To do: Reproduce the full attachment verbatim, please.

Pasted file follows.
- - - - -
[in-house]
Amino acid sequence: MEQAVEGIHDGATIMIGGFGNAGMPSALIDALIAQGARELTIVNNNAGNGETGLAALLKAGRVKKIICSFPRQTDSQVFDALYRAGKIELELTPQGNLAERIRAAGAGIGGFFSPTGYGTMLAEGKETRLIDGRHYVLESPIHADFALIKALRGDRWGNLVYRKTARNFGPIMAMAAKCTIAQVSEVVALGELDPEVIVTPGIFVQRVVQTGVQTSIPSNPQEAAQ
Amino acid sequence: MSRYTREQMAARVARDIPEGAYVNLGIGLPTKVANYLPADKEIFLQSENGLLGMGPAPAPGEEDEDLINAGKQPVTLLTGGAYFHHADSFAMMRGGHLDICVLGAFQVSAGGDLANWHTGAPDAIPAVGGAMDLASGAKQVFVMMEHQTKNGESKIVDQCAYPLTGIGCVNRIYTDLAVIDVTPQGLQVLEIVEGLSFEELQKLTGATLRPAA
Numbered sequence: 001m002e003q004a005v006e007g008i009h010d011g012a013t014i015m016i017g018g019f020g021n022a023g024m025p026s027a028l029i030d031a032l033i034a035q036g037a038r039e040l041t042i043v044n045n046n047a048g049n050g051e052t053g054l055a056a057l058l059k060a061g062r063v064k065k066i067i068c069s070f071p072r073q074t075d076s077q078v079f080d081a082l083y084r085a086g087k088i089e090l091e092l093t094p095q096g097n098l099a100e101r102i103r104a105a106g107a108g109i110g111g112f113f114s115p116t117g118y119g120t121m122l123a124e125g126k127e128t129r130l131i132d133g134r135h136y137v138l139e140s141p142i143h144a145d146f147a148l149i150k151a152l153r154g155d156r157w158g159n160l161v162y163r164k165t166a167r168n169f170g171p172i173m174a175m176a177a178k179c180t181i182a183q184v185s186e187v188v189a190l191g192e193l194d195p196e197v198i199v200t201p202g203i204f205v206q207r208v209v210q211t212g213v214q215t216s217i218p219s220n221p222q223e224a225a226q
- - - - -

[in-house]
Amino acid sequence: MEQAVEGIHDGATIMIGGFGNAGMPSALIDALIAQGARELTIVNNNAGNGETGLAALLKAGRVKKIICSFPRQTDSQVFDALYRAGKIELELTPQGNLAERIRAAGAGIGGFFSPTGYGTMLAEGKETRLIDGRHYVLESPIHADFALIKALRGDRWGNLVYRKTARNFGPIMAMAAKCTIAQVSEVVALGELDPEVIVTPGIFVQRVVQTGVQTSIPSNPQEAAQ
Amino acid sequence: MSRYTREQMAARVARDIPEGAYVNLGIGLPTKVANYLPADKEIFLQSENGLLGMGPAPAPGEEDEDLINAGKQPVTLLTGGAYFHHADSFAMMRGGHLDICVLGAFQVSAGGDLANWHTGAPDAIPAVGGAMDLASGAKQVFVMMEHQTKNGESKIVDQCAYPLTGIGCVNRIYTDLAVIDVTPQGLQVLEIVEGLSFEELQKLTGATLRPAA
Numbered sequence: 001m002e003q004a005v006e007g008i009h010d011g012a013t014i015m016i017g018g019f020g021n022a023g024m025p026s027a028l029i030d031a032l033i034a035q036g037a038r039e040l041t042i043v044n045n046n047a048g049n050g051e052t053g054l055a056a057l058l059k060a061g062r063v064k065k066i067i068c069s070f071p072r073q074t075d076s077q078v079f080d081a082l083y084r085a086g087k088i089e090l091e092l093t094p095q096g097n098l099a100e101r102i103r104a105a106g107a108g109i110g111g112f113f114s115p116t117g118y119g120t121m122l123a124e125g126k127e128t129r130l131i132d133g134r135h136y137v138l139e140s141p142i143h144a145d146f147a148l149i150k151a152l153r154g155d156r157w158g159n160l161v162y163r164k165t166a167r168n169f170g171p172i173m174a175m176a177a178k179c180t181i182a183q184v185s186e187v188v189a190l191g192e193l194d195p196e197v198i199v200t201p202g203i204f205v206q207r208v209v210q211t212g213v214q215t216s217i218p219s220n221p222q223e224a225a226q